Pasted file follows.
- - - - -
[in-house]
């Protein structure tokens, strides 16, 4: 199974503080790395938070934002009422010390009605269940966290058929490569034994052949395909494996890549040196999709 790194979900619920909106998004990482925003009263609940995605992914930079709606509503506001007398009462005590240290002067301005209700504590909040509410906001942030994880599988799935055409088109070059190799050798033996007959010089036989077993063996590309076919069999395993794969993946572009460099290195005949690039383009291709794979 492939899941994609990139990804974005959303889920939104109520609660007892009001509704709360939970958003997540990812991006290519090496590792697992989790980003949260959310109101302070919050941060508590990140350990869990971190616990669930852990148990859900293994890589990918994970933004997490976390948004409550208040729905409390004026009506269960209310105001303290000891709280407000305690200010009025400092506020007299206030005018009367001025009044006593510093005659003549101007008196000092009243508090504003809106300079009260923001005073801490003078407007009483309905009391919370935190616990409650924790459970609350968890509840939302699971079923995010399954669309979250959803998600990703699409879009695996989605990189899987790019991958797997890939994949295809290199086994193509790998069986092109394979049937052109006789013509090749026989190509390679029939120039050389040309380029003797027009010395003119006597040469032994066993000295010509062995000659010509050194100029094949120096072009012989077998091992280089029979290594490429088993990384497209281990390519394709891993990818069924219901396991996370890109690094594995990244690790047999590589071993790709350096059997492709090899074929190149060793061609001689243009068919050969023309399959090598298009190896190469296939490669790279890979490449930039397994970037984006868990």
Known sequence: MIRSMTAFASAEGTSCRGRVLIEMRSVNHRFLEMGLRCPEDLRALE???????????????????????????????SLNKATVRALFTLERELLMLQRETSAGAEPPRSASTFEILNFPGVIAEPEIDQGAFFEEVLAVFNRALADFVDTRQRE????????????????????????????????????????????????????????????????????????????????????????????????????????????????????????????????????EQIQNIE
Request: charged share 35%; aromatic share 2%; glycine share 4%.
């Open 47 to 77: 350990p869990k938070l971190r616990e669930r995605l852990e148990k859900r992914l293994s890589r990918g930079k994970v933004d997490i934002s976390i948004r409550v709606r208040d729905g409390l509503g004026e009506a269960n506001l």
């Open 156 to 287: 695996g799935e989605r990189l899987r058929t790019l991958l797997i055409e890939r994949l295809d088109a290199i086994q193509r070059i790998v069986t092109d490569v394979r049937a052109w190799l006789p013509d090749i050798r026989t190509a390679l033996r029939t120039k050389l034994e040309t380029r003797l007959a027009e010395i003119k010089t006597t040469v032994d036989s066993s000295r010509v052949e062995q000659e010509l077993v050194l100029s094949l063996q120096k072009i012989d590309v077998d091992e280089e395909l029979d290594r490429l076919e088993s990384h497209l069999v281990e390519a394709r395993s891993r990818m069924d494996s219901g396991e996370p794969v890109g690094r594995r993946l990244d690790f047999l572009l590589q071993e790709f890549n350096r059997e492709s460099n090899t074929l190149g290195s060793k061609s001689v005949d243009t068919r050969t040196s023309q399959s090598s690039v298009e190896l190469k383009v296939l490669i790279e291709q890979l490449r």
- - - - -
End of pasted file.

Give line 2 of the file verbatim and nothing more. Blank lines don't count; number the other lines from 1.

């Protein structure tokens, strides 16, 4: 199974503080790395938070934002009422010390009605269940966290058929490569034994052949395909494996890549040196999709 790194979900619920909106998004990482925003009263609940995605992914930079709606509503506001007398009462005590240290002067301005209700504590909040509410906001942030994880599988799935055409088109070059190799050798033996007959010089036989077993063996590309076919069999395993794969993946572009460099290195005949690039383009291709794979 492939899941994609990139990804974005959303889920939104109520609660007892009001509704709360939970958003997540990812991006290519090496590792697992989790980003949260959310109101302070919050941060508590990140350990869990971190616990669930852990148990859900293994890589990918994970933004997490976390948004409550208040729905409390004026009506269960209310105001303290000891709280407000305690200010009025400092506020007299206030005018009367001025009044006593510093005659003549101007008196000092009243508090504003809106300079009260923001005073801490003078407007009483309905009391919370935190616990409650924790459970609350968890509840939302699971079923995010399954669309979250959803998600990703699409879009695996989605990189899987790019991958797997890939994949295809290199086994193509790998069986092109394979049937052109006789013509090749026989190509390679029939120039050389040309380029003797027009010395003119006597040469032994066993000295010509062995000659010509050194100029094949120096072009012989077998091992280089029979290594490429088993990384497209281990390519394709891993990818069924219901396991996370890109690094594995990244690790047999590589071993790709350096059997492709090899074929190149060793061609001689243009068919050969023309399959090598298009190896190469296939490669790279890979490449930039397994970037984006868990």